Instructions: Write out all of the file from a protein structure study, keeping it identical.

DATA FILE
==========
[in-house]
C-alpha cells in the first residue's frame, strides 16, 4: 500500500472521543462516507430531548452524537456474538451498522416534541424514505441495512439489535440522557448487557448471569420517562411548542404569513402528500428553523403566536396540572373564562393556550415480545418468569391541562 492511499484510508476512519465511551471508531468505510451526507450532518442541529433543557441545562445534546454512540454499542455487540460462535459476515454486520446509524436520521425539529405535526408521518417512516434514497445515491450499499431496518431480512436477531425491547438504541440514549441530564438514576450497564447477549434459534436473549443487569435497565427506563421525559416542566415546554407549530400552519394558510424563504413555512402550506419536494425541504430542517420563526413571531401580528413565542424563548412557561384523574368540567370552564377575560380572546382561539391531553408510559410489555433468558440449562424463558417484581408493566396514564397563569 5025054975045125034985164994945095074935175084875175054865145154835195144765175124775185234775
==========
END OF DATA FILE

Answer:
[in-house]
C-alpha cells in the first residue's frame, strides 16, 4: 500500500472521543462516507430531548452524537456474538451498522416534541424514505441495512439489535440522557448487557448471569420517562411548542404569513402528500428553523403566536396540572373564562393556550415480545418468569391541562 492511499484510508476512519465511551471508531468505510451526507450532518442541529433543557441545562445534546454512540454499542455487540460462535459476515454486520446509524436520521425539529405535526408521518417512516434514497445515491450499499431496518431480512436477531425491547438504541440514549441530564438514576450497564447477549434459534436473549443487569435497565427506563421525559416542566415546554407549530400552519394558510424563504413555512402550506419536494425541504430542517420563526413571531401580528413565542424563548412557561384523574368540567370552564377575560380572546382561539391531553408510559410489555433468558440449562424463558417484581408493566396514564397563569 5025054975045125034985164994945095074935175084875175054865145154835195144765175124775185234775